Browse Definitions :
Definition

unauthenticated security scan (logged-out secuity scan)

An unauthenticated security scan, sometimes called a logged-out scan, is the process of exploring a network or networked system for vulnerabilities that are accessible without logging in as an authorized user.

Unauthenticated vulnerability scans inspect the security of a target system from an outside perspective. These scans allow visibility into what a malicious hacker could access without acquiring login credentials to pose as a trusted user. Security scans, authenticated or otherwise are an important part of ensuring the security of computer systems, networked devices and networks.

A vulnerability scanner runs from the end point of the person inspecting the attack surface in question. The software compares details about the target attack surface to a database of information about known security holes in services and ports, anomalies in packet construction, and potential paths to exploitable programs or scripts

Unauthenticated scans can be performed remotely without requiring much in the way of costs and specialized knowledge. They require less internal cooperation and are less intrusive to the environment than authenticated security scans, which access system resources that are available to trusted uses. 

There are several benefits associated with unauthenticated vulnerability testing:

  1. It's easier.
  2. It requires fewer testing tools.
  3. It requires fewer internal staff resources.
  4. You can still exploit a vulnerability to gain a remote command prompt, etc.
  5. It can often be done without time constraints.

All in all, vulnerability testing from an external point of view tends to be very focused, quickly resulting in a finite set of results with little cost to the organization.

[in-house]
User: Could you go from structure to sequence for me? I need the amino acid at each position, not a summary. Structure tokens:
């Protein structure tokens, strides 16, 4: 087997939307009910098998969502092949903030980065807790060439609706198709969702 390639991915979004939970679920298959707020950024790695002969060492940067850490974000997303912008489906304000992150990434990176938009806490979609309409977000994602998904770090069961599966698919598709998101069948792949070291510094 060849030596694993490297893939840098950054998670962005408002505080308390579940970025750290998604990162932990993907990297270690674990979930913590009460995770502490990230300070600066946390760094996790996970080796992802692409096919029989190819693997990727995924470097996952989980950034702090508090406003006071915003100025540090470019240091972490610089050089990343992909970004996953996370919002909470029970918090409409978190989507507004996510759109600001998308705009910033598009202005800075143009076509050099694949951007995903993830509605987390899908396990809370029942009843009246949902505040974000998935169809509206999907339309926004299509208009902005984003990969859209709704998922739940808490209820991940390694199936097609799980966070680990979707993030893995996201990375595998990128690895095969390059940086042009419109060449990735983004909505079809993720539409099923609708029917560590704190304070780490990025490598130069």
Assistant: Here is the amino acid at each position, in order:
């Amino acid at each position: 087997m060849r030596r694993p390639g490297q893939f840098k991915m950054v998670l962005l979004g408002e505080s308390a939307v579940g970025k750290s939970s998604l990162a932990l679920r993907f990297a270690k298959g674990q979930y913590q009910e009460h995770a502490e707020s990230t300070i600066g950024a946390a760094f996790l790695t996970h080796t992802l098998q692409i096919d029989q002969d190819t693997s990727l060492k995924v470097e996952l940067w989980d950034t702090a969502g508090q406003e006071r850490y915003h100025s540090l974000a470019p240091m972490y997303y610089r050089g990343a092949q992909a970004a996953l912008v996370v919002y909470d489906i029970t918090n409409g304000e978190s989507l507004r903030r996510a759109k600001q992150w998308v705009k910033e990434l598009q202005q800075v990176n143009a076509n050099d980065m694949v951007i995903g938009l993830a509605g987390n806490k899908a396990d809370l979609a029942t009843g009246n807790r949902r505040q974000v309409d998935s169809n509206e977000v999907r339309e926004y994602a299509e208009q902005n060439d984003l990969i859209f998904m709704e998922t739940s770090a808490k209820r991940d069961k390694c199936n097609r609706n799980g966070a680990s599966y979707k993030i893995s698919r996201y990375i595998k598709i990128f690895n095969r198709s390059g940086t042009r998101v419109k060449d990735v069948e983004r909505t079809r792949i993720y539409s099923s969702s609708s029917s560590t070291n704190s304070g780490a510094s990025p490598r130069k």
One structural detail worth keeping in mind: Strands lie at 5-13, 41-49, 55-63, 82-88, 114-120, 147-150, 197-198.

This was last updated in July 2015

Continue Reading About unauthenticated security scan (logged-out secuity scan)

SearchCompliance
  • ISO 31000 Risk Management

    The ISO 31000 Risk Management framework is an international standard that provides businesses with guidelines and principles for ...

  • pure risk

    Pure risk refers to risks that are beyond human control and result in a loss or no loss with no possibility of financial gain.

  • risk reporting

    Risk reporting is a method of identifying risks tied to or potentially impacting an organization's business processes.

SearchSecurity
  • Melissa virus

    Melissa was a type of email virus that initially become an issue in early 1999.

  • biometric payment

    Biometric payment is a point-of-sale (POS) technology that uses biometric authentication physical characteristics to identify the...

  • Twofish

    Twofish is a symmetric-key block cipher with a block size of 128 bits and variable-length key of size 128, 192 or 256 bits.

SearchHealthIT
SearchDisasterRecovery
  • What is risk mitigation?

    Risk mitigation is a strategy to prepare for and lessen the effects of threats faced by a business.

  • fault-tolerant

    Fault-tolerant technology is a capability of a computer system, electronic system or network to deliver uninterrupted service, ...

  • synchronous replication

    Synchronous replication is the process of copying data over a storage area network, local area network or wide area network so ...

SearchStorage
  • hard disk drive (HDD)

    A computer hard disk drive (HDD) is a non-volatile data storage device.

  • Remote Direct Memory Access (RDMA)

    Remote Direct Memory Access (RDMA) is a technology that enables two networked computers to exchange data in main memory without ...

  • storage (computer storage)

    Data storage is the collective methods and technologies that capture and retain digital information on electromagnetic, optical ...

Close